Parenting: Why Kids Misbehave and What to Do
Amy Terreros, Advanced Practice RN II, SCAN Clinic (Child Abuse and Neglect)
It happens to the best of us. You’re at the grocery store and your kid throws a tantrum because you won’t buy her a candy bar in the checkout lane. You’re at a restaurant and she won’t stop crawling under the table even after repeatedly telling her not to. And who doesn’t struggle with bedtime? As soon as you tell her it’s time for bed the whining starts.
At some point, all kids misbehave and they do it because they want attention. To help keep them from acting out, fill up their “attention tank” with praise and play.
Tell your child when she is being “good”
Everyone likes to be told they are doing a good job, especially kids. Praising your child when she behaves well or does something you like makes her feel good and want to keep behaving well. Try noticing and praising your child for things like:
Playing quietly, sharing and taking turns.
Listening to instructions.
Saying “please” and “thank you.”
Play with your child every day
Just a few minutes goes a long way. When you play, try not to teach, ask questions or accomplish something specific. Instead, show you are paying attention by describing what she is doing with the toys and praising good behaviors.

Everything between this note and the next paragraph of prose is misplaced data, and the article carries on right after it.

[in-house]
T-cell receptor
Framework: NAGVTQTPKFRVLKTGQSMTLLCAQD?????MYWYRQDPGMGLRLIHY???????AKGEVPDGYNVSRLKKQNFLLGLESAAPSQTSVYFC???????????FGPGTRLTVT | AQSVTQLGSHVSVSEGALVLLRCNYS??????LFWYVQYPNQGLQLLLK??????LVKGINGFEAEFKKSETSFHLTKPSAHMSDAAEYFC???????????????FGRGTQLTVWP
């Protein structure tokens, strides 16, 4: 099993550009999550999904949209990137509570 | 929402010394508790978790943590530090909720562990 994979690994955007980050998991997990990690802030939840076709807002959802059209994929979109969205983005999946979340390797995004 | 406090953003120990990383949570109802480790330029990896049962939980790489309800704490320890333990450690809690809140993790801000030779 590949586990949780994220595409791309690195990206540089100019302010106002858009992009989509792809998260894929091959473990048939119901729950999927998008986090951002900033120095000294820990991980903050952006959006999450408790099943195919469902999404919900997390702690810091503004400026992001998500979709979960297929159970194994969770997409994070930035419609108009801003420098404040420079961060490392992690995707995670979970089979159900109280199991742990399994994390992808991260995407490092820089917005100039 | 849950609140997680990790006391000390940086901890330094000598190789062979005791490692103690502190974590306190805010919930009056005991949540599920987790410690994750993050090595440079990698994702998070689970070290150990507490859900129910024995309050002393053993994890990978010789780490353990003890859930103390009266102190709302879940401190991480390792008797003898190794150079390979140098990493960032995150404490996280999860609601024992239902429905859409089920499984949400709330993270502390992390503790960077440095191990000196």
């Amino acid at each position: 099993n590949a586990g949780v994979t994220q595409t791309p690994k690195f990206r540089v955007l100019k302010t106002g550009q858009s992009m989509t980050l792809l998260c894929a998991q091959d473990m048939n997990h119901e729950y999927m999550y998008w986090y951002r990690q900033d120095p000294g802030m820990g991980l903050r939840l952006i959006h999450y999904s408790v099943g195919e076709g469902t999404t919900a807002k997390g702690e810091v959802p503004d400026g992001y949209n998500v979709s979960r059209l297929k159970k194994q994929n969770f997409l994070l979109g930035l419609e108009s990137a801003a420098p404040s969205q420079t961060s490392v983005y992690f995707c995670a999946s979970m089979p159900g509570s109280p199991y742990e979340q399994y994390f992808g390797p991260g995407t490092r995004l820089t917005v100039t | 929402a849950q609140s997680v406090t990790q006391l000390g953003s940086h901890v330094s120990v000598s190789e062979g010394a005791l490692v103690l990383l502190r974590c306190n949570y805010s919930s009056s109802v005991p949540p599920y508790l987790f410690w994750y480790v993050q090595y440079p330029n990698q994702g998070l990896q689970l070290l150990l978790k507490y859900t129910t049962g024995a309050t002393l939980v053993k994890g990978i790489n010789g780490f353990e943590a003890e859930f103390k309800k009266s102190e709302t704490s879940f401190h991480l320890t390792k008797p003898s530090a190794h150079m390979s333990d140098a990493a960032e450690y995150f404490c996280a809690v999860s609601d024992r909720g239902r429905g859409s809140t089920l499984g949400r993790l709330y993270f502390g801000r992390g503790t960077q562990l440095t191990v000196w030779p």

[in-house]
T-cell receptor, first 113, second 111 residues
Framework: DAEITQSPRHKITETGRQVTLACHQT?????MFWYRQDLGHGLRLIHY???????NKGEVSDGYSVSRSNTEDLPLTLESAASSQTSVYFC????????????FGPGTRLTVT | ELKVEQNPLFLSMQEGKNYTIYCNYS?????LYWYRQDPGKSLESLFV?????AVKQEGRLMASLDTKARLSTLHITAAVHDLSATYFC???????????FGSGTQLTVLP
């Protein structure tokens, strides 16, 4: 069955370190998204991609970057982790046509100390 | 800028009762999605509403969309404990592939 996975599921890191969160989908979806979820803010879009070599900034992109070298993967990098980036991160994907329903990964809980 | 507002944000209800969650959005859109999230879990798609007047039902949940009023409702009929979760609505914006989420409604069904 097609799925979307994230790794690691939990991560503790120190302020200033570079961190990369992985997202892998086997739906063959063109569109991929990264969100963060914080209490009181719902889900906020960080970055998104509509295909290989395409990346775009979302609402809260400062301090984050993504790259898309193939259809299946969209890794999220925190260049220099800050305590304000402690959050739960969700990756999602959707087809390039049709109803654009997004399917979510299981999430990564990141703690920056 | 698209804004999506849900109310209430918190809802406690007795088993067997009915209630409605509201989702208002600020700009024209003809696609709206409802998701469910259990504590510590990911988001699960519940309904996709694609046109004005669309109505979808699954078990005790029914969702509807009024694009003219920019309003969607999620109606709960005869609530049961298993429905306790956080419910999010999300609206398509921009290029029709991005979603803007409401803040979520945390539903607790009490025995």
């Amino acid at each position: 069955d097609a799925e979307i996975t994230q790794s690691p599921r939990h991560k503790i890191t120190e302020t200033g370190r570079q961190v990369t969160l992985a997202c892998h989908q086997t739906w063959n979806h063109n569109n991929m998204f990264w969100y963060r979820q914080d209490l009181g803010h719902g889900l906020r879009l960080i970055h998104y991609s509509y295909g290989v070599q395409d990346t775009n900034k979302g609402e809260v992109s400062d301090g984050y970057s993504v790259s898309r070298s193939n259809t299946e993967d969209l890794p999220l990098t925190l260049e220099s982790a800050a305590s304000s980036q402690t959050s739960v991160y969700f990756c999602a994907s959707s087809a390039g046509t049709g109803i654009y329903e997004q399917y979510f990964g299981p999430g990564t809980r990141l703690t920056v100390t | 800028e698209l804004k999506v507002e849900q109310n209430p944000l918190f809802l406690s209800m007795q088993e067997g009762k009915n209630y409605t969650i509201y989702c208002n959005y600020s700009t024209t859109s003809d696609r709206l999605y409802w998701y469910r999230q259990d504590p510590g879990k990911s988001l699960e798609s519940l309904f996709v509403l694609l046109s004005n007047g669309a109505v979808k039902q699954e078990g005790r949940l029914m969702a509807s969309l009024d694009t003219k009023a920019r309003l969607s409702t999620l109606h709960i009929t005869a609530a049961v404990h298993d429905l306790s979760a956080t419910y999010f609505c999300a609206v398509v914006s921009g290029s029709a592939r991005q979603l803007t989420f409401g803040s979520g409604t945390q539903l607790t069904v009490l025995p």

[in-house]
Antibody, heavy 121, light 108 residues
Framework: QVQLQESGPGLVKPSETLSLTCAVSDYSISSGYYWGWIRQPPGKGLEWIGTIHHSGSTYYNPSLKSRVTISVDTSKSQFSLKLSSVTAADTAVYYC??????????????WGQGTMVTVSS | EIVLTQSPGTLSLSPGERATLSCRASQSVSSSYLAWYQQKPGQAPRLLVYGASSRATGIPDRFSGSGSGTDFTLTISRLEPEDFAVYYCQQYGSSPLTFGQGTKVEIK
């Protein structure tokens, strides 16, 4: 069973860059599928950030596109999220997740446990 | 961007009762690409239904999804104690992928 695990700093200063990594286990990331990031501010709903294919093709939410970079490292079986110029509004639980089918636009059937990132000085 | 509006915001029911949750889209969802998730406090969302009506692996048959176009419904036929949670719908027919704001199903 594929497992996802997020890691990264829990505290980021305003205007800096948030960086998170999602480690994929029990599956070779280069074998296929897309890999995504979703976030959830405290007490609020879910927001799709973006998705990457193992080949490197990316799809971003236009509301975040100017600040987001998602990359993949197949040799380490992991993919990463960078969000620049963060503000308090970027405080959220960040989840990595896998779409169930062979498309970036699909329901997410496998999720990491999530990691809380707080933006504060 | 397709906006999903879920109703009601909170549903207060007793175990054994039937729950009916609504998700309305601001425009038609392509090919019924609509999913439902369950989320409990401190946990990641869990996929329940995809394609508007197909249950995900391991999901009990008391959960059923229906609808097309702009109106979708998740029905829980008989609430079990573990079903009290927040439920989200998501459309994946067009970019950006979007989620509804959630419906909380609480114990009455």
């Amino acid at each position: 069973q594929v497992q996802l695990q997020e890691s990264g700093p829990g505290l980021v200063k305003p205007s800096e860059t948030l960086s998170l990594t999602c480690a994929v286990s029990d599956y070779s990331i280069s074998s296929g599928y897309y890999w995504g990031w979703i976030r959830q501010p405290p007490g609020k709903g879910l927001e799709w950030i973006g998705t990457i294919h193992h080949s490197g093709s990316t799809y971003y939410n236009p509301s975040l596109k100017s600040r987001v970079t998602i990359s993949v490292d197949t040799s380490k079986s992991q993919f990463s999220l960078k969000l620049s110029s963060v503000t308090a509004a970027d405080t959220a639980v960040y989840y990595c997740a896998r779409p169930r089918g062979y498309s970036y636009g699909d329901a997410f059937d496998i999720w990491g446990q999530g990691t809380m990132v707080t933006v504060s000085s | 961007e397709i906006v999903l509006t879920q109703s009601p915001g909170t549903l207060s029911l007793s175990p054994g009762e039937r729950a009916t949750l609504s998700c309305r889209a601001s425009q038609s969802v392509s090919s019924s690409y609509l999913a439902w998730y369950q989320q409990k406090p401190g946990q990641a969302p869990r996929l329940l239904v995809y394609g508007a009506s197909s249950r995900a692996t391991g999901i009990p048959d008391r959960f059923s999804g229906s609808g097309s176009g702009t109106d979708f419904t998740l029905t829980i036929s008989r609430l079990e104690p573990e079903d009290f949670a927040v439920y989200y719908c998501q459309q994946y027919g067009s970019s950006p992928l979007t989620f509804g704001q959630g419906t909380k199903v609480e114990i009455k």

Use rewards to guide and teach
Rewards help kids’ complete chores and learn new things. Here are some tips:
Set clear and reasonable goals.
Focus on the positive, like “getting ready on time.”
Break down complicated tasks.
Only work on one to three goals at a time.
Use what motivates your child as the reward (video game, TV show, extra play time with dad, etc.).
Make rewards small and give them often.
What a child finds rewarding may change from day-to-day
Prepare children for change. Children typically like having routines. If a routine is going to be different, it is best to let the child know ahead of time. This also allows the child to ask questions. Another way to help a child prepare for change is to use play to act out what the change will be like.
Things get easier with practice
Distractions can help avoid struggles. Public places like grocery stores, the hospital or doctor’s office are boring for kids! Bring something for children to do, like coloring, reading or playing with a toy. Have your children take turns with toys while they are waiting.
Show behaviors you would like to see in your child. We expect children to share, say “please” and take a break to calm down; so we need to play by the same rules. By pointing out manners and good coping strategies when we use them, we teach our children that they are important. “Mommy is upset and needs to take some deep breaths to calm down. Let’s do it together!” Telling your kids when you feel sad, upset or happy, helps them tell you about their feelings.
Learn more about the The Safety, Care & Nurturing (SCAN) program at Children’s Mercy.